Tuesday, April 9, 2019

Poems By David Wyman

Ice Shelves                                        

Ice shelves set to break apart in high definition.
The universe as two-dimensional hologram.

Light glinting frantically off and on
the wrinkled surface of a pond, the names

of things appearing in subtitles while  
visiting the text in a dream of an ideal language.

Its words are English, the language is not.
What makes it ideal is its perfect clarity,

how it reveals to us exactly why we make
our consumer choices in a world ablaze

with freedoms, where the definition
of talent is being true to yourself, where legends

live on among accolades and superlatives
and continue to inspire and show us what’s great…

So instead of noise, constellations of sound,
uncanny pronunciations, like dreaming in color.

A Day With Fine Angles

That voice on the radio upstairs hints  
at a way to make sense of lines
that have the eerie, seductive
ring of the inevitable. Hype
washes it away, the signal, a kind of

tangent, circular in its flight
across these gilded skies  
in a time when fact will strike the reader
as superfluous. But how
can you tell right now which one,
standing out there on the ledge,
wants to be saved and which one
wants to fly? The sacralizing mind’s
on fire all the time
like hot glass blown full of air—

and yet again we’re forced to trust
the description as being accurate
and we’re unlikely to know
where it is not. But the idea that some of our words
are missing or might’ve been erased

disturbs us, keeps us up all night
and away from the snowier summits
of consciousness that we’ve somehow
exchanged for this game, where
our trajectories almost almost intersect.

Correlative Shadow Tone
On the eve of the Mayan Apocalypse, 12/21/12

On the day before the day it all ends
there’s no waiting. Snow
swirls sideways in parentheses with us  
(here) immersed in the wonder
as if a new word was about to be spoken.

The word, its horizon continually
and unevenly moving away, intimate
wreckage, characters
in hieratic white space fracturing—
this is what we have, many lives

but most are unlived
or lived by someone else. Negative
beliefs can, by default, cast what you don’t like.
Unless the glass is opaque,
the glint only a figment, then nothing.

Say, we breathed this soot
and formed ourselves from it, say
in a universe of no delete ducks and mimes.
Part of a line coheres behind us.
Tonight, there’s no escaping the frame.

Confiscate The Number 5

They make it speak differently, ad hoc.
Jangling new coins in their mouths like that

sounds like hear or there. Like a bleep.
Seven across: cracked the famous Houdini code.

They made it speak with little to no punctuation.
Yes, and picked all the best nouns in public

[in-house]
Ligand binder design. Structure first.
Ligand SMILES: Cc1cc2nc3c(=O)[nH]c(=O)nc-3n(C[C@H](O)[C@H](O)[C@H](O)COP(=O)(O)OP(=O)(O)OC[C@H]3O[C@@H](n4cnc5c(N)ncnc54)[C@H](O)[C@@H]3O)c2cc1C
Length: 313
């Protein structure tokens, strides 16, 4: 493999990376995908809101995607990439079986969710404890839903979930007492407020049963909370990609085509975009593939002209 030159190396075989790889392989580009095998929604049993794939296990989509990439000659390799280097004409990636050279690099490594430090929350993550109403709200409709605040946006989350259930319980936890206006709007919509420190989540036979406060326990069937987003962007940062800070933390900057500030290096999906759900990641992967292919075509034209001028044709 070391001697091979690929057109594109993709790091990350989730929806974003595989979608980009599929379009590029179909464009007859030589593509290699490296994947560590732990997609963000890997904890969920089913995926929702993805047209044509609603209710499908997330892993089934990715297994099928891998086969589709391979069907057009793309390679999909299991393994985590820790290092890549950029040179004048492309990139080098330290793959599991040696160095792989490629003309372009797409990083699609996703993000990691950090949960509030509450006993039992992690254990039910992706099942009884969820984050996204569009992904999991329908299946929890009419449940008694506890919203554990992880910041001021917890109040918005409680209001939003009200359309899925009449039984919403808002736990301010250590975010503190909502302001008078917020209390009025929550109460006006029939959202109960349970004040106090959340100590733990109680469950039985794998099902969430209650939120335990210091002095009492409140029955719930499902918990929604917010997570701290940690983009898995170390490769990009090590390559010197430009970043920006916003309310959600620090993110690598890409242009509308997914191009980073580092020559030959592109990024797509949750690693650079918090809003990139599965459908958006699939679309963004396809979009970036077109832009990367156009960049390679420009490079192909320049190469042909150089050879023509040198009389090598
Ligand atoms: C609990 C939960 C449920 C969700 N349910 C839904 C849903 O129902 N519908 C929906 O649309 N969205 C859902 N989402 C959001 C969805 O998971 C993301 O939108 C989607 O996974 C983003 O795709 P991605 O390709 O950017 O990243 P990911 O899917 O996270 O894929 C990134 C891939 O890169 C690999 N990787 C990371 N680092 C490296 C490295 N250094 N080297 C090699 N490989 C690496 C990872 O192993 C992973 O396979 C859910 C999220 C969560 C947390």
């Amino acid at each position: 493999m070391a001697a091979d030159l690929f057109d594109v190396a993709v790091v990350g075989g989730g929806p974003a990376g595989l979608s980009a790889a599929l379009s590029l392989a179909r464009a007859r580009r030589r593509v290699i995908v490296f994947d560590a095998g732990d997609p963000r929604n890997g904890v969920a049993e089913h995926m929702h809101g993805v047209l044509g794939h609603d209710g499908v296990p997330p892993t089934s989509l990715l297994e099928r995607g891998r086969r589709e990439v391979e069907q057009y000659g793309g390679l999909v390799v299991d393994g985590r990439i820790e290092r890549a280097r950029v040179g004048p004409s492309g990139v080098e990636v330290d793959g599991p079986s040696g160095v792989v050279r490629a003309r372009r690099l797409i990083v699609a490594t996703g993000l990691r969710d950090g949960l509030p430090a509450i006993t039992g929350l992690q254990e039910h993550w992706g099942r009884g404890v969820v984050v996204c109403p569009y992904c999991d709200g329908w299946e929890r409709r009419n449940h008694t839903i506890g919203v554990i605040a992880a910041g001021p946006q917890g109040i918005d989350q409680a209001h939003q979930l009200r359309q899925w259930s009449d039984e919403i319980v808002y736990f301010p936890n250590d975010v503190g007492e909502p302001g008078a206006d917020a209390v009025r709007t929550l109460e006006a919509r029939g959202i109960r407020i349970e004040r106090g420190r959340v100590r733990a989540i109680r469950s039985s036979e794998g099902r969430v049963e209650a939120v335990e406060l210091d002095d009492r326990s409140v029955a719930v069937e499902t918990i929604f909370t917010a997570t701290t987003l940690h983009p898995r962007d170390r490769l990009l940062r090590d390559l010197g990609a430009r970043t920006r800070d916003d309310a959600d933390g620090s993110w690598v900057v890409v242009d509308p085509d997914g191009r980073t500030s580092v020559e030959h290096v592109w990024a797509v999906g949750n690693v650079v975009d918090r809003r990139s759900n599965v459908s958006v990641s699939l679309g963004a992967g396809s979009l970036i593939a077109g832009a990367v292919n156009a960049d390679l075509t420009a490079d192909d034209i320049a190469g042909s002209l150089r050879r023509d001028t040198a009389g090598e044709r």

but not hollyhocks, lavender or wheat.
This, says confiscate the number 5. You

say it and the saying makes it true
such as the word vector meaning

like a tic, or how there can be many even
when the word looks singular, which is

also felt when it is heard. The semantic
range of “Forget your best adventures”

makes no sense. All quotations are approximate.
Like marks on a screen too blurry to be read—

Ten years is long enough to wait. (Tic or tick?)
In the mirror, the candle is white and remains lit.

Talking Points: The Eies Of All People

Yes, they got it all teed up—
glass shattering, the eies…
Up passed the layers of city architecture
reflected in a glass tower.

Thus mere light is pleasing to the mind.
A shiny city upon a hill shining
like it does in movies or on the news,
stronger than oceans, built

soe that the riche and mighty
should not eate upp the poore…
The word stock of urban life,
its shrill heat and crowd noise,

a single thronging unified
in one augmented reality
like the radiant nostalgia of the olde ballpark.
In the verbatim transcript, it says

nor the poore and dispised rise
upp against and shake off theire yoake.
A tall, proud city humming commerce…
Today the eyes of all people are truly—

David Wyman's first poetry collection Proletariat Sunrise was published by Kelsay Books in 2017. His poems have appeared or are forthcoming in BlazeVOX, Dissident Voice, Clockwise Cat, Picaroon Poetry, Down In The Dirt, The Voices Project, Squawk Back, Tuck Magazine, The Aurorean, A Certain Slant, The Wallace Stevens Journal, Old Crow Review, Spout and Green Hills Literary Lantern among other publications. He's a fan of Karl Marx, jazz guitar and the visionary poetry of William Blake. He lives in Massachusetts where he teaches American Literature and Composition at Mount Wachusett Community College.

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